A mysterious Irishman, Finian, and his beautiful daughter Sharon, arrive one day in Rainbow Valley, a small Southern town of tobacco sharecroppers in the mythical state of Missitucky. The ... See full summary »
A mysterious Irishman, Finian, and his beautiful daughter Sharon, arrive one day in Rainbow Valley, a small Southern town of tobacco sharecroppers in the mythical state of Missitucky. The town has its own resident dreamer, Woody Mahoney, who thinks that he might be able to put the town on the map by crossing mint with tobacco so that it'll grow already mentholated. Finian's come to the town because he's stolen a leprechaun's crock of gold and plans to plant it in the ground so it'll grow faster (or else why would the Americans have rushed to dig the gold out of California only to plant it back in the ground at Fort Knox?). But trouble arrives in the form of Og the leprechaun, who has followed Finian to America and is bent on retrieving his gold. Meanwhile, the bigoted Senator Billboard Rawkins, in an effort to stop progress in his state in the form of a new dam and hydroelectric system, plans to take the remaining parcel of land needed to stop the project - Woody's, which Finian has ... Written by
Most of the cars in the film are from the late 1940s, indicating that it is set when the play premiered (1947), but at the end of the "Begat" number the gospel singers' car is being towed by a 1960's tow truck. See more »
Do you feel a warmish, kind of glowish, peculiarish sensation?
No... it's a sort of quiverish, shiverish, flibberty-gibberish sensation!
Does it make you feel hummingbirds in your heart?
Butterflies in my feet!
Bees in your bonnet!
Stars in my britches!
It makes you want to dance!
I hadn't noticed.
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introducing Barbara Hancock as "Susan the Silent" See more »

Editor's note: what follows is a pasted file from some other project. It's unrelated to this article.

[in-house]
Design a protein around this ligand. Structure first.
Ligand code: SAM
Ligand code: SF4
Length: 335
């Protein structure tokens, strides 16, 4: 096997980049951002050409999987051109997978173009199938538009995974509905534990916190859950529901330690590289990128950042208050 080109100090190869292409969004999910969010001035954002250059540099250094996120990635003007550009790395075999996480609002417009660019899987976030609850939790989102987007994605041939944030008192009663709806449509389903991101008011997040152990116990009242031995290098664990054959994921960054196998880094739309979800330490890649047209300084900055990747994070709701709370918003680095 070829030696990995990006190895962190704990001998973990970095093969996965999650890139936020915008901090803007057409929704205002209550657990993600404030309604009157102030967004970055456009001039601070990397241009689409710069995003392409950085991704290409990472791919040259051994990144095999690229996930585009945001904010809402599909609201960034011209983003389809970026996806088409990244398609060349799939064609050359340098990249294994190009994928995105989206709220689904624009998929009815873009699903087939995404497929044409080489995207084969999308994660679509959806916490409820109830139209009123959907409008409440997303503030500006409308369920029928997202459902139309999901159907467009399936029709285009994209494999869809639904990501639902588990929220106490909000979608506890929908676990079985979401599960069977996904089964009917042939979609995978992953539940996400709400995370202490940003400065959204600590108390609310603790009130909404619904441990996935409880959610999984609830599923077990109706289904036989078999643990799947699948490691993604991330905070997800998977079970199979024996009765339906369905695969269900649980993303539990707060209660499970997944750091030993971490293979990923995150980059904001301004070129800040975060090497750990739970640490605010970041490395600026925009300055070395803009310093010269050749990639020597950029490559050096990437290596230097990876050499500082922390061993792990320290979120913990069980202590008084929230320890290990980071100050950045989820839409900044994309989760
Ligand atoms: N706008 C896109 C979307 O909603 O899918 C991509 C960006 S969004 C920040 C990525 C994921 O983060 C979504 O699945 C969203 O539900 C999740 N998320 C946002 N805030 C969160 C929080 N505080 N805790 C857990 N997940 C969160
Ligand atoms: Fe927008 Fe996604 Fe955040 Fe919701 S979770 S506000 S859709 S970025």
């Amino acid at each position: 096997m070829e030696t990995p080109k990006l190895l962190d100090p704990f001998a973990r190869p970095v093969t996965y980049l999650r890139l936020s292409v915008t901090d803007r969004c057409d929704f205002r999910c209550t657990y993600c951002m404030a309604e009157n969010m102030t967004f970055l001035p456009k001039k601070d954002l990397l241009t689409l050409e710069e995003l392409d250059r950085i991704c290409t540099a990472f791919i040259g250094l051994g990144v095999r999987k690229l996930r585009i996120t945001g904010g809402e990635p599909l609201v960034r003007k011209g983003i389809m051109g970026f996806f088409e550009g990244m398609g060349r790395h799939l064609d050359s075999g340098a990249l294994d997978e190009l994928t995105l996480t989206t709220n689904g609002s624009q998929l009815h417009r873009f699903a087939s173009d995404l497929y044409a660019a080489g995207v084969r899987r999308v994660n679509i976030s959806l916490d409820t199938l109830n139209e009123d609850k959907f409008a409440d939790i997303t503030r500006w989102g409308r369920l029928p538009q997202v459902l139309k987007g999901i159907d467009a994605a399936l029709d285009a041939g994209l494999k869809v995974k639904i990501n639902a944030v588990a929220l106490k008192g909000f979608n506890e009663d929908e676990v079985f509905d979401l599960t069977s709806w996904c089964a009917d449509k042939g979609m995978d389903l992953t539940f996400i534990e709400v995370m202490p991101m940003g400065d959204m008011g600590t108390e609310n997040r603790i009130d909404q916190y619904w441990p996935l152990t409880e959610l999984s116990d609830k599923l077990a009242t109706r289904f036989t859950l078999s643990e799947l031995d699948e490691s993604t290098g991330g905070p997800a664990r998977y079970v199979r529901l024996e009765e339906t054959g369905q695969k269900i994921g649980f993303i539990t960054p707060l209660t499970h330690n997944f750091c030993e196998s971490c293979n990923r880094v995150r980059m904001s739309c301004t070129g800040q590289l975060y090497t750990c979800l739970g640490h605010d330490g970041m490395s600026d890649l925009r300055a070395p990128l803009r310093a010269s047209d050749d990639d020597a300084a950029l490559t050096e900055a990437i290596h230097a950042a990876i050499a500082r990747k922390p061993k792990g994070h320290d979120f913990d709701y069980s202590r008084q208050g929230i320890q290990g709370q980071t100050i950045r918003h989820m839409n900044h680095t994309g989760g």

Whimsical is not a word I get to use often, but that's exactly what Finian's Rainbow is. Based on the 1947 stage musical it's part fantasy and part political satire. The plot follows the quintessential Irishman Finian(Fred Astaire in his last full screen role) and his daughter Sharon (Petula Clark) as they basically flee to America with a pot of gold stolen from the leprechaun, Og (Tommy Steele). After an amazing opening credit sequence ("Look To The Rainbow"), they arrive in "Misitucky" which is supposed to be near Fort Knox, to bury the gold in the belief that it will multiply. The small hamlet of Rainbow Valley becomes their home, a kind of Tobacco Road with very poor but very happy hippie-like inhabitants. Here Sharon meets her love interest Woody (Don Francks) Add Keenan Wynn as the villain, Senator Hawkins, a racist Southern stereotype that during the course of the story turns black. Several minor plots weave in and out, creating a rich and unique film. Astaire used to sound stages and carefully planned dance numbers balked at dancing outside in a field and the director, Francis Ford Coppola (an odd choice, but what's done is done) tried his best to meet his demands. Ironically the field sequence, which comes early in the film is beautiful and very well done by the choreographer Hermes Pan, who was subsequently fired from the film. Petula Clark clearly steals the movie. The camera loves her in this and her natural beauty and performance are such a pleasure to watch. Astaire, who was criticized cruelly for his appearance (he was 69 at the time) is as usual charming and no one danced like he did. Francks holds his own and makes a nice compliment to Clark. Tommy Steele's performance rolics between delightful and way too over the top. Beautifully filmed, it does suffer from jarring "this is real, this is fake" scenery but if you just go with it, it's not that bad. The DVD presents Astaire's dance numbers complete and full body (something Astaire always insisted on but was overlooked in the original release) Finian's Rainbow is known now more for many of it's songs than itself as a whole, but it's still very much worth a look, especially if you love musicals.
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